Croesus pattern toothpickBy

Croesus pattern
toothpick

Croesus pattern glass was developed in Wellsville, West Virginia by the Riverside Glass Works around 1897. The pattern consists of fans and scrollwork bordered by crosshatching. Around 1901, production of the pattern moved to Jeanette, Pennsylvania.

Original Croesus was made in only three colors: clear crystal, amethyst, and deep emerald green. A complete line of tableware was available in over 30 shapes. Six common pieces are shown in the ca. 1900 catalog page at the bottom of the article. Most pieces except the tumblers, cruet, shakers and trays stand on flat tab-like feet. In the best examples, the rims and scrolls are decorated with heavy gold paint.

The first reproduction Croesus began appearing in the mid-1970s and included a toothpick, a four piece table setting and tumbler. Production was done by two American makers and one Japanese firm. This article will discuss the toothpick only.

Telling new from old

Of all the reproduced Croesus, the toothpick is probably the easiest shape to separate new from old. In old toothpicks, the ends of the scrolls curl back sharply and either touch or nearly touch the inner curve of the scroll (Figs. 2 and 4). The scrolls in reproductions are much more open and do not curl back into the body of the inner curve (Figs. 1 and 3).

Another good indication of age is the beading or scallops around the top rim. Old pieces have sharp, evenly spaced beads; new pieces have shallow, poorly formed beads (Figs. 8-10). You can also use the shape to distinguish old from new. Old originals are pineapple shaped; new pieces have vertical sides or a definite shoulder like the pieces shown in Figs. 5 and 6. You should also consider the gold trim. Gold on new pieces is thin, poorly applied and too shiny. The gold on old pieces, even though it may be worn, is thicker, more carefully applied and duller than the new gold.

The rules and illustrations discussed in this article apply to Croesus toothpick holders only. Do not use these guidelines when evaluating other Croesus pieces.

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Fig. 1-A (New)

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Fig. 1-B (New)

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Fig. 2 (Old)

Figs. 1-A, 1-B, & 2 The photos above show two reproductions and an original. New and old differ in several ways including shape, how the rims are formed and details in the scrolls. See the illustrations below for close up details.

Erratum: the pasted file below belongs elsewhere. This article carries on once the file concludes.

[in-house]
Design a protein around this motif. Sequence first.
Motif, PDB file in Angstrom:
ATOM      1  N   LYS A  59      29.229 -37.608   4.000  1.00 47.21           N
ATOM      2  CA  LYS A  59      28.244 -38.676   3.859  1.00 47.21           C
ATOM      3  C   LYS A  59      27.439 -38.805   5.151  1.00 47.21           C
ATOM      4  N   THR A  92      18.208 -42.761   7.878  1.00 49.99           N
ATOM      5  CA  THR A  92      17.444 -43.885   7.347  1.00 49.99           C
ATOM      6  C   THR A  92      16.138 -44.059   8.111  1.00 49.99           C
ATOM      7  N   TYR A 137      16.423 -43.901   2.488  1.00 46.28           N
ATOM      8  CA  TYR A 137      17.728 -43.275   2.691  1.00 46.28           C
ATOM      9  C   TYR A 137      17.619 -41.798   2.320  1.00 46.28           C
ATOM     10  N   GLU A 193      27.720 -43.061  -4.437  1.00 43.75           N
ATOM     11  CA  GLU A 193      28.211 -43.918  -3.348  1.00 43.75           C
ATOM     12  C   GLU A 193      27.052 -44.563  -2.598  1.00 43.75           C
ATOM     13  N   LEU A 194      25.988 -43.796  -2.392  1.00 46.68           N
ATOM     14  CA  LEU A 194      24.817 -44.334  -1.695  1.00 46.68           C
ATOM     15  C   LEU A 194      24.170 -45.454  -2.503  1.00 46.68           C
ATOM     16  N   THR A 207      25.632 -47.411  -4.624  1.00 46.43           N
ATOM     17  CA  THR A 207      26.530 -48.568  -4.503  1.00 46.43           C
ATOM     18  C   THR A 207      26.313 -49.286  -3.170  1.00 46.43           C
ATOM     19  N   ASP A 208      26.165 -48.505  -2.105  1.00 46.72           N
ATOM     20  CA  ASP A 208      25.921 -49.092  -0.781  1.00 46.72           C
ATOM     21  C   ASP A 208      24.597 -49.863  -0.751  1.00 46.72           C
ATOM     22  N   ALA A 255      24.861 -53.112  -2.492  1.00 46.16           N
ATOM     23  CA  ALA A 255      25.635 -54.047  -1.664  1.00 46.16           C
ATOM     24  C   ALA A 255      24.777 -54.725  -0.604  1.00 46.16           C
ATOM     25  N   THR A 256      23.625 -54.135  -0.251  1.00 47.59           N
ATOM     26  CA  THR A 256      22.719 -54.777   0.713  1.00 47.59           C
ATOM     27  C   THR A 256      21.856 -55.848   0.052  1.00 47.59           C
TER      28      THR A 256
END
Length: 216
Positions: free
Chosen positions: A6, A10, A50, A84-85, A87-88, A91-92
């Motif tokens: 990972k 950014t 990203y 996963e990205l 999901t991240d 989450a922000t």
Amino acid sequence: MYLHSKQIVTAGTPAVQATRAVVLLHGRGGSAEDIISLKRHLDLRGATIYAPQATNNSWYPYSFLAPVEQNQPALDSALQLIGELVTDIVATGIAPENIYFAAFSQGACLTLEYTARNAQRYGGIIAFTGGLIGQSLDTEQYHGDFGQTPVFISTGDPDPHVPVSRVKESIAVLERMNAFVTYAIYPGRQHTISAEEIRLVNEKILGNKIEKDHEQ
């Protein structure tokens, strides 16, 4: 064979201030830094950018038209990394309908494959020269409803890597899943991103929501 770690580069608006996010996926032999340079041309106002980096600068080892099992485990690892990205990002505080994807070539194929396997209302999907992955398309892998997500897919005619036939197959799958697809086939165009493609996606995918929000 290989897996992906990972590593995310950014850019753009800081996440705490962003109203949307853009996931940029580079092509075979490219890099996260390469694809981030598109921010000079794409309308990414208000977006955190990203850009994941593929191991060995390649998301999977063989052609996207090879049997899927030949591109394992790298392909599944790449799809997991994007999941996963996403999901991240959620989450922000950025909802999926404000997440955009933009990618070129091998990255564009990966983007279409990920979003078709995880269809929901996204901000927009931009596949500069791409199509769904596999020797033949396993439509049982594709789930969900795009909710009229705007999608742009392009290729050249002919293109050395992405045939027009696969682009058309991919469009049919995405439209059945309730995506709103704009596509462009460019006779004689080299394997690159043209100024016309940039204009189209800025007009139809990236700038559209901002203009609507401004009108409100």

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Fig. 3 (New)

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Fig. 4 (Old)

Figs. 3-4 The ends of the scrolls on new toothpicks end in open curves. These are shown at the arrows in the enlarged pattern section in Fig. 3 above. Scrolls in old toothpicks curve back much more sharply and touch the inner side of the curve as shown at the arrows in Fig. 4 above. NOTE: This test is for the Croesus toothpick only. Do not use this scroll test for any other shape.

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Fig. 5

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Fig. 6

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Fig. 7

Figs. 5-7 Reproduction toothpicks come in two different shapes and are shown in Fig. 5 & 6 above. Fig. 5 has almost vertical sides; Fig. 6 has a definite shoulder where the body bulges out from the neck. The original shape in Fig. 7 is more like a pineapple--a bulbous bottom and gently rounded sides. All shapes, new and old, measure virtually the same in height.

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Fig. 8

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Fig. 9

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Fig. 10

Figs. 8-10 You can find more clues to the age of a toothpick by looking at the top rims. In old pieces, the beads or scallops around the top are almost perfectly round, the same height and crisply formed. The beads or scallops in new pieces are uneven in height, poorly formed and very shallow.

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Fig. 11

This catalog illustration shows six original Croesus shapes. From upper left hand clockwise: sauce dish, butter, sugar, tumbler, spooner and creamer.